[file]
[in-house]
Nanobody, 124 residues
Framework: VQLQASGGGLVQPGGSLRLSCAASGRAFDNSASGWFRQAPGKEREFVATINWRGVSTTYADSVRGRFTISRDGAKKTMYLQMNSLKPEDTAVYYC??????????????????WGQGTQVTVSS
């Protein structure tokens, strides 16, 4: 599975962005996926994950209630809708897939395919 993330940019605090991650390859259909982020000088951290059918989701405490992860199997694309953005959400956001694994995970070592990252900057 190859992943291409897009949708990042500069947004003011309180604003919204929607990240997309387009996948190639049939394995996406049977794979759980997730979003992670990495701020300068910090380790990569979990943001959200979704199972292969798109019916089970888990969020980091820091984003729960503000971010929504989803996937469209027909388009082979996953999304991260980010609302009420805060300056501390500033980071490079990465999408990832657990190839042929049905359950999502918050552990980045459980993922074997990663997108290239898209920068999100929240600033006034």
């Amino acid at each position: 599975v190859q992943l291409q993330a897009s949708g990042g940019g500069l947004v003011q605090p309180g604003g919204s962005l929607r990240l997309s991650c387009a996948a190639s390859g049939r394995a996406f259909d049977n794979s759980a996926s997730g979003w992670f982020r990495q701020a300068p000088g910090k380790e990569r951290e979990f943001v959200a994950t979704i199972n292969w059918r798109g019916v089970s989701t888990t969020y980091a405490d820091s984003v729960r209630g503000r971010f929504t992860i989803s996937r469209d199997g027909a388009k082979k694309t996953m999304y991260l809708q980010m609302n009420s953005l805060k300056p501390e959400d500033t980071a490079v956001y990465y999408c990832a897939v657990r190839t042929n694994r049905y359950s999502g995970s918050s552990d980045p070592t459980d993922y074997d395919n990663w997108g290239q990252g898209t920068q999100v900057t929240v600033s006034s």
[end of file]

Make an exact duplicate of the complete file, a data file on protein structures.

[in-house]
Nanobody, 124 residues
Framework: VQLQASGGGLVQPGGSLRLSCAASGRAFDNSASGWFRQAPGKEREFVATINWRGVSTTYADSVRGRFTISRDGAKKTMYLQMNSLKPEDTAVYYC??????????????????WGQGTQVTVSS
């Protein structure tokens, strides 16, 4: 599975962005996926994950209630809708897939395919 993330940019605090991650390859259909982020000088951290059918989701405490992860199997694309953005959400956001694994995970070592990252900057 190859992943291409897009949708990042500069947004003011309180604003919204929607990240997309387009996948190639049939394995996406049977794979759980997730979003992670990495701020300068910090380790990569979990943001959200979704199972292969798109019916089970888990969020980091820091984003729960503000971010929504989803996937469209027909388009082979996953999304991260980010609302009420805060300056501390500033980071490079990465999408990832657990190839042929049905359950999502918050552990980045459980993922074997990663997108290239898209920068999100929240600033006034």
């Amino acid at each position: 599975v190859q992943l291409q993330a897009s949708g990042g940019g500069l947004v003011q605090p309180g604003g919204s962005l929607r990240l997309s991650c387009a996948a190639s390859g049939r394995a996406f259909d049977n794979s759980a996926s997730g979003w992670f982020r990495q701020a300068p000088g910090k380790e990569r951290e979990f943001v959200a994950t979704i199972n292969w059918r798109g019916v089970s989701t888990t969020y980091a405490d820091s984003v729960r209630g503000r971010f929504t992860i989803s996937r469209d199997g027909a388009k082979k694309t996953m999304y991260l809708q980010m609302n009420s953005l805060k300056p501390e959400d500033t980071a490079v956001y990465y999408c990832a897939v657990r190839t042929n694994r049905y359950s999502g995970s918050s552990d980045p070592t459980d993922y074997d395919n990663w997108g290239q990252g898209t920068q999100v900057t929240v600033s006034s």